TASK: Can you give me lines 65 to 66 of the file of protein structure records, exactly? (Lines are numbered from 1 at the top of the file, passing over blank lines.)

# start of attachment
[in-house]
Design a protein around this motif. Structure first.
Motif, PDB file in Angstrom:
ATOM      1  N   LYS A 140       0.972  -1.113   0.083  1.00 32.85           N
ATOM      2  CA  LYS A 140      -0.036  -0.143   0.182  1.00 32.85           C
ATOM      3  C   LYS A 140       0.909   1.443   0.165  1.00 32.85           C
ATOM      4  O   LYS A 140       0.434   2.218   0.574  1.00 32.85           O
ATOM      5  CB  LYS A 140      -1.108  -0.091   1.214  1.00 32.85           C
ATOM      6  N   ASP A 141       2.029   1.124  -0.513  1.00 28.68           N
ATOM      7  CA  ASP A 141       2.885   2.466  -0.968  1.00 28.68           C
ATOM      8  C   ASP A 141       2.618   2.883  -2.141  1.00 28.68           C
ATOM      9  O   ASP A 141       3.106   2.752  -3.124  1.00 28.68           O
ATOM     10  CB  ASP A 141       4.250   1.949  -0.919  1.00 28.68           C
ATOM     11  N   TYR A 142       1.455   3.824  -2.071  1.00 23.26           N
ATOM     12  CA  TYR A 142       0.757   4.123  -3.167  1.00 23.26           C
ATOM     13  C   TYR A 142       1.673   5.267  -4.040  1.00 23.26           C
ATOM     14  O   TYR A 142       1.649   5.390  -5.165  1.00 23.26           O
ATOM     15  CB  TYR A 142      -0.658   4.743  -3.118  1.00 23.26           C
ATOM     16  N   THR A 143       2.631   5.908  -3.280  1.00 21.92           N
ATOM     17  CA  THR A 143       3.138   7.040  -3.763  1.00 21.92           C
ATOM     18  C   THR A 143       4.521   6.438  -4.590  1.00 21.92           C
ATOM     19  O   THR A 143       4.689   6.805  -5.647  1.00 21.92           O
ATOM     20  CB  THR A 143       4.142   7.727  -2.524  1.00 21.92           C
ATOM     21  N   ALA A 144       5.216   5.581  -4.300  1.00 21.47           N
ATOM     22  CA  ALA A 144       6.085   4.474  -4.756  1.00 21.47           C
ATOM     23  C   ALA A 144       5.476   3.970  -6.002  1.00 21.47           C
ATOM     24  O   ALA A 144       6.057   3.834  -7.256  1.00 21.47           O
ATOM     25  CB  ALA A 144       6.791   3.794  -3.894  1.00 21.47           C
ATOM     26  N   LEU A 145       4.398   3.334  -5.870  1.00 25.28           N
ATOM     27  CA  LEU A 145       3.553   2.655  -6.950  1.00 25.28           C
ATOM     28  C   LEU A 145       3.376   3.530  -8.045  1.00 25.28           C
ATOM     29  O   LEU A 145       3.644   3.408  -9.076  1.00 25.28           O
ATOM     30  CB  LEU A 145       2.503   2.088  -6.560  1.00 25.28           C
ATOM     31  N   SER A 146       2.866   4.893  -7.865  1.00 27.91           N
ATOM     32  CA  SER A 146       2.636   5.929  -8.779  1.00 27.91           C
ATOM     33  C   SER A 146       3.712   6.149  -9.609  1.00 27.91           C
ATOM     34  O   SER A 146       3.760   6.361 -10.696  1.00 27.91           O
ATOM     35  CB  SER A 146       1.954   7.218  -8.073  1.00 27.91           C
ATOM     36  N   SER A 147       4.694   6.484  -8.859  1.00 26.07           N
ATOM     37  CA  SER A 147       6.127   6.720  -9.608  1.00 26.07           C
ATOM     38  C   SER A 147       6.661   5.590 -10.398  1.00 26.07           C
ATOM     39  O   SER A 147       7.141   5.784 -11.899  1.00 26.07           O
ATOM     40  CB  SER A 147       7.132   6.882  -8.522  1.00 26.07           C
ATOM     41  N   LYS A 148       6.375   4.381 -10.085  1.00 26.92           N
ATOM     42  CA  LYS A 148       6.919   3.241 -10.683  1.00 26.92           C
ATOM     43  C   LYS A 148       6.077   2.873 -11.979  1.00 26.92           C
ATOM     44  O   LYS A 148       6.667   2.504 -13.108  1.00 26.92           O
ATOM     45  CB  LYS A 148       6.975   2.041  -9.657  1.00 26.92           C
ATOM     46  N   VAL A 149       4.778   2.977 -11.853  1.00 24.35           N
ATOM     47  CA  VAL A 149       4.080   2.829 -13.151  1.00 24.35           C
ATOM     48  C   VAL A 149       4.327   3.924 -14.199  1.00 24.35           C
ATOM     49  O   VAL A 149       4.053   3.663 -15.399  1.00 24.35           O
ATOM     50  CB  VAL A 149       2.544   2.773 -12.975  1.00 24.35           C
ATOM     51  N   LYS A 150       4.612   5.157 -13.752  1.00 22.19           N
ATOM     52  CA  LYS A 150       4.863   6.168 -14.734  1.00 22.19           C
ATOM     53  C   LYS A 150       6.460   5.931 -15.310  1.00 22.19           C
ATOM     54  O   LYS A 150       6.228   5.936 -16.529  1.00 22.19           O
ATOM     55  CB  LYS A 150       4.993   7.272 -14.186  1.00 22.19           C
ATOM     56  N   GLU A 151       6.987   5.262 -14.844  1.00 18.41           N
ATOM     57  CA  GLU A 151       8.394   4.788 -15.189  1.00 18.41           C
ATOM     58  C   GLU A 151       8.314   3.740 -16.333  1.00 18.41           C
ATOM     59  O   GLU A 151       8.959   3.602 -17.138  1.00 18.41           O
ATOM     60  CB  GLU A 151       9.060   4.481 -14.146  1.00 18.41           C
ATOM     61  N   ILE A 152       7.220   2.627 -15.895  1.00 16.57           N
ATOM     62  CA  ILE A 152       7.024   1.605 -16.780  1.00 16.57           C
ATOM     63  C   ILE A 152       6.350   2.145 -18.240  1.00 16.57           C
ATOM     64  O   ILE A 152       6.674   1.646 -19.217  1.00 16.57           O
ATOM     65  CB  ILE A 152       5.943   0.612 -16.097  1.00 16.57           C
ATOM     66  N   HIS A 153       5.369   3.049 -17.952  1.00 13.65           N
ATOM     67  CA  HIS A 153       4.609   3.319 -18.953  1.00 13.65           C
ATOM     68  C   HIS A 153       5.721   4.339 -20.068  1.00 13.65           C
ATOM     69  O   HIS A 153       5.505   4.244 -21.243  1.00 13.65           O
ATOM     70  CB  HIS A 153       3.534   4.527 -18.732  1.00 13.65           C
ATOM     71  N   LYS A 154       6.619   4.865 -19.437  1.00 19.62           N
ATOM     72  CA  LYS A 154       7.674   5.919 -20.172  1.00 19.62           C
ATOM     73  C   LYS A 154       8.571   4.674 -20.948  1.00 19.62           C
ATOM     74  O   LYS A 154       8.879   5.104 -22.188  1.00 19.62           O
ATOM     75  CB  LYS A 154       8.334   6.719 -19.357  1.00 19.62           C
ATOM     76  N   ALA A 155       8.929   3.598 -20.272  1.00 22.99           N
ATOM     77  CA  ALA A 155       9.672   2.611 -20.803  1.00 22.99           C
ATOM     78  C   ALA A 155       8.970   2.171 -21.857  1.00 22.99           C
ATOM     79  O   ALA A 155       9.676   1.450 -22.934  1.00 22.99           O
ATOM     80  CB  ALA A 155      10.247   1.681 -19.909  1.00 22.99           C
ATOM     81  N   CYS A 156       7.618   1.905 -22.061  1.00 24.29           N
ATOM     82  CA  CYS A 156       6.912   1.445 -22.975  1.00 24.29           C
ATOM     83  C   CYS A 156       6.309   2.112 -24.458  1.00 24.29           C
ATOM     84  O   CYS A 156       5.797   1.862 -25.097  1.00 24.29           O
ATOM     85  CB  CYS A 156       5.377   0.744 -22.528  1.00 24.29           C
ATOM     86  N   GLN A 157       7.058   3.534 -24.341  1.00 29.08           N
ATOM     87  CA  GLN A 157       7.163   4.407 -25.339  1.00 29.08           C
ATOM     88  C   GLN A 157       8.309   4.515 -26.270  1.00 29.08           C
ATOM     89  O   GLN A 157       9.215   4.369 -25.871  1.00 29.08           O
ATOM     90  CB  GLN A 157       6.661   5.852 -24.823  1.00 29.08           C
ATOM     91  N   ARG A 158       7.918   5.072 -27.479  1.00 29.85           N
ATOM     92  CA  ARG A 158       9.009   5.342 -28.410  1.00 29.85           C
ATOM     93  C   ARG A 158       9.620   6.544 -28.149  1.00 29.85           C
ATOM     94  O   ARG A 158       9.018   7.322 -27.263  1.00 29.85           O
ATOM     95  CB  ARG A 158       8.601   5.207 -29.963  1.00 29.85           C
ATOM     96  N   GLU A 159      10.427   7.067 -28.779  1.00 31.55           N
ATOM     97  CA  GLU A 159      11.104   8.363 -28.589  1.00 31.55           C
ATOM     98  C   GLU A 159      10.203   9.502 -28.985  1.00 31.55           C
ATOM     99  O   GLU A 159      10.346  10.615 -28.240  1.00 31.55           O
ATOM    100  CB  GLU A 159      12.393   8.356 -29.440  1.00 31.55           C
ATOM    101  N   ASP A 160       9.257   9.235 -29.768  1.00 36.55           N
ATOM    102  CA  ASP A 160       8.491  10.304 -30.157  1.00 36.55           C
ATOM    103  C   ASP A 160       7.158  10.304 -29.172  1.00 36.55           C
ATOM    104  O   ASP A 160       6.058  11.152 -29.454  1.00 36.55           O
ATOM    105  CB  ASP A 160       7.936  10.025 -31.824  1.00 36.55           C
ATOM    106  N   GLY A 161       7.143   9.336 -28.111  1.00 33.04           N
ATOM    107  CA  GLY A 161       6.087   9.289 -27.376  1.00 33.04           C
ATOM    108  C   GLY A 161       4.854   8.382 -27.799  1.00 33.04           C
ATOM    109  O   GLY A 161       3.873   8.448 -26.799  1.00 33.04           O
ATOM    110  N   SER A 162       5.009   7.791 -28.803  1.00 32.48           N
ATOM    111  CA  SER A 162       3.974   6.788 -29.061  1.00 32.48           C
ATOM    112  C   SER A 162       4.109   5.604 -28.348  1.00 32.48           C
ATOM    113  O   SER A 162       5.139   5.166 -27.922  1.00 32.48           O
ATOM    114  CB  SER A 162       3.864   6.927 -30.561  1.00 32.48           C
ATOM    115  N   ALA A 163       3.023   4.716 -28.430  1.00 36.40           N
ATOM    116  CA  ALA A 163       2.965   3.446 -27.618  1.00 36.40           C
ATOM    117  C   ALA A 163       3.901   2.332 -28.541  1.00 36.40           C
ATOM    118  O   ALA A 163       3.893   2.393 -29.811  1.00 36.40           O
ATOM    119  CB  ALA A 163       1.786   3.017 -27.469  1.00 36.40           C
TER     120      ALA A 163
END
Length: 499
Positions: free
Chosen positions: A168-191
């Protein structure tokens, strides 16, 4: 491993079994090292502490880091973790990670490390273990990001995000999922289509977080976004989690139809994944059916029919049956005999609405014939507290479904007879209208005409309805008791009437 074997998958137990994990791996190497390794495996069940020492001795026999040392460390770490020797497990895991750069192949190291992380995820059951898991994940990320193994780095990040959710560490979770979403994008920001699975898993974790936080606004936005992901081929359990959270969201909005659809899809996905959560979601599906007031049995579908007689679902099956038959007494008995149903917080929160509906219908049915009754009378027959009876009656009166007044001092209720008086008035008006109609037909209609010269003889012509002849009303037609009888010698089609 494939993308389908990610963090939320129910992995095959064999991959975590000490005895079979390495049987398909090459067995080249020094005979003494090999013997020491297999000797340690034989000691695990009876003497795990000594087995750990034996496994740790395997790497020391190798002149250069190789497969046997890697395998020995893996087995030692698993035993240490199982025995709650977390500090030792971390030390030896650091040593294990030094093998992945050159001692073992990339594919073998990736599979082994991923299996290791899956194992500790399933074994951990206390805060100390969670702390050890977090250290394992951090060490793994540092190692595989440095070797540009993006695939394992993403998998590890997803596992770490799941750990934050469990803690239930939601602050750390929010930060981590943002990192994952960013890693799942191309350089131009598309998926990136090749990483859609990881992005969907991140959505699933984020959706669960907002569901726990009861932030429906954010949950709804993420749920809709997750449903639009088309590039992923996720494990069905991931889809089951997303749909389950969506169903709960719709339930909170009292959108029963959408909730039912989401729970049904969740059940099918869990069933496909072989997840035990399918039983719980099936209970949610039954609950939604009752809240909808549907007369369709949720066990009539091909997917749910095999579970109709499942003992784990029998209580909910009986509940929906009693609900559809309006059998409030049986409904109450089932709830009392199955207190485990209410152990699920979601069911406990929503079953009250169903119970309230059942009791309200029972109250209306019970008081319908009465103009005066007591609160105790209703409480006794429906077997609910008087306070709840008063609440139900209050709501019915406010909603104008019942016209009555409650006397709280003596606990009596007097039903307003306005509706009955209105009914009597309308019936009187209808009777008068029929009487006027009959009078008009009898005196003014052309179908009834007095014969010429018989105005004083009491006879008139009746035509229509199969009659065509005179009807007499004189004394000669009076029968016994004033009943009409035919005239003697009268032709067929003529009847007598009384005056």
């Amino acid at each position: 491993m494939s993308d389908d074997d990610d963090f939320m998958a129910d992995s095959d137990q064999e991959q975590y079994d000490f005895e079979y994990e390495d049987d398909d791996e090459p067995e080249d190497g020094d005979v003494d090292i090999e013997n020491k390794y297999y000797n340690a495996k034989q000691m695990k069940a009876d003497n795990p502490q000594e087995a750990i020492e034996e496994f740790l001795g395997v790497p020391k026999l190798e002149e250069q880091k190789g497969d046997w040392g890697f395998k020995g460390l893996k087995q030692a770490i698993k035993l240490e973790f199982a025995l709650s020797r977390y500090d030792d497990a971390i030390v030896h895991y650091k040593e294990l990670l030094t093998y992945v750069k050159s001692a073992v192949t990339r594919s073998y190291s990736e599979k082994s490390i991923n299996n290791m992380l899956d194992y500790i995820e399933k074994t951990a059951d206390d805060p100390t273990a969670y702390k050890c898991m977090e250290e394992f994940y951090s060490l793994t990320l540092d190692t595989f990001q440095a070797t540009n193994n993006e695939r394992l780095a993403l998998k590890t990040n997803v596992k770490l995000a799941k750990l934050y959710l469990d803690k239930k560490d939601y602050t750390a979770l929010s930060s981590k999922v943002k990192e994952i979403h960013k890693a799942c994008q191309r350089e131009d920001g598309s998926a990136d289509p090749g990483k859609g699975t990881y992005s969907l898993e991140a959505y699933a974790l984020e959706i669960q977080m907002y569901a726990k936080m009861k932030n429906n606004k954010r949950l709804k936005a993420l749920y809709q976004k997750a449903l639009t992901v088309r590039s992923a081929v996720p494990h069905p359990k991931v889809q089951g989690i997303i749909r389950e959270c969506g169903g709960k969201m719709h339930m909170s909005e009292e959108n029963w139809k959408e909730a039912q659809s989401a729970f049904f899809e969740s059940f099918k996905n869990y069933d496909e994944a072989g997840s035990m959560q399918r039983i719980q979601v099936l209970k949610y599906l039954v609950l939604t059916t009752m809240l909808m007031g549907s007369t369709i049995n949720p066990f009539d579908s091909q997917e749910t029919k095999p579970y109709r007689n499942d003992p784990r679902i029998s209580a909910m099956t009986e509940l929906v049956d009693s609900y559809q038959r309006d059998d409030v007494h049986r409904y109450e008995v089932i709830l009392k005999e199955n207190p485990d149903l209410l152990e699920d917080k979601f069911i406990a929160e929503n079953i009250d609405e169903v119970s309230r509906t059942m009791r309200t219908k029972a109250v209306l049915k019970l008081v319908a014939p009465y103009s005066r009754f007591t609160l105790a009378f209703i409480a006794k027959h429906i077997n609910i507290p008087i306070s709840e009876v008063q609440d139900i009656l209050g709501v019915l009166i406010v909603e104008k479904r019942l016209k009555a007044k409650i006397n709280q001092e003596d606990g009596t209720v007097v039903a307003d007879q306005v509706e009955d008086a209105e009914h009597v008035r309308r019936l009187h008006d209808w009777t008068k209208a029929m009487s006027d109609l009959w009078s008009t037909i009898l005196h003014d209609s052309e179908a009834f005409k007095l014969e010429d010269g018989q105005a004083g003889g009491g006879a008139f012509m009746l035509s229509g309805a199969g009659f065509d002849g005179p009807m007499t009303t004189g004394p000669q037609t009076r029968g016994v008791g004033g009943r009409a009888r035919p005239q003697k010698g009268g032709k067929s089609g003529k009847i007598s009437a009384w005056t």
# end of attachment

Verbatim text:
ATOM     62  CA  ILE A 152       7.024   1.605 -16.780  1.00 16.57           C
ATOM     63  C   ILE A 152       6.350   2.145 -18.240  1.00 16.57           C